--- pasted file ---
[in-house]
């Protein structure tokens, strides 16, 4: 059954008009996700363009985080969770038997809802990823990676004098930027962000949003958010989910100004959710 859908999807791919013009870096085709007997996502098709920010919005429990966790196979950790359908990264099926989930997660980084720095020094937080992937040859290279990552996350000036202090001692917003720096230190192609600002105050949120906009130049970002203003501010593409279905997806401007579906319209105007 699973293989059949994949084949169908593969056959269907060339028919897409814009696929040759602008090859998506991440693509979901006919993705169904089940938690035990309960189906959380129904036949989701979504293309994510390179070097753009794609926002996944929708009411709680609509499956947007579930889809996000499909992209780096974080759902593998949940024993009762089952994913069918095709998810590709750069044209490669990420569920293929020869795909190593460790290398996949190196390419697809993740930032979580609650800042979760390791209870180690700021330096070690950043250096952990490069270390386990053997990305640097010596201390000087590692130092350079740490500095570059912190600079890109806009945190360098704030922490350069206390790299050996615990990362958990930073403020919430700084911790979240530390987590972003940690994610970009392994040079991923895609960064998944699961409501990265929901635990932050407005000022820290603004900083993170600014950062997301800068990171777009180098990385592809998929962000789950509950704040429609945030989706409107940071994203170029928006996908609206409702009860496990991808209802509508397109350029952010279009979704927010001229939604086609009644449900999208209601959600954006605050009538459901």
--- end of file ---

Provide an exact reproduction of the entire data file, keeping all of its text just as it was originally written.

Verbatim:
[in-house]
């Protein structure tokens, strides 16, 4: 059954008009996700363009985080969770038997809802990823990676004098930027962000949003958010989910100004959710 859908999807791919013009870096085709007997996502098709920010919005429990966790196979950790359908990264099926989930997660980084720095020094937080992937040859290279990552996350000036202090001692917003720096230190192609600002105050949120906009130049970002203003501010593409279905997806401007579906319209105007 699973293989059949994949084949169908593969056959269907060339028919897409814009696929040759602008090859998506991440693509979901006919993705169904089940938690035990309960189906959380129904036949989701979504293309994510390179070097753009794609926002996944929708009411709680609509499956947007579930889809996000499909992209780096974080759902593998949940024993009762089952994913069918095709998810590709750069044209490669990420569920293929020869795909190593460790290398996949190196390419697809993740930032979580609650800042979760390791209870180690700021330096070690950043250096952990490069270390386990053997990305640097010596201390000087590692130092350079740490500095570059912190600079890109806009945190360098704030922490350069206390790299050996615990990362958990930073403020919430700084911790979240530390987590972003940690994610970009392994040079991923895609960064998944699961409501990265929901635990932050407005000022820290603004900083993170600014950062997301800068990171777009180098990385592809998929962000789950509950704040429609945030989706409107940071994203170029928006996908609206409702009860496990991808209802509508397109350029952010279009979704927010001229939604086609009644449900999208209601959600954006605050009538459901």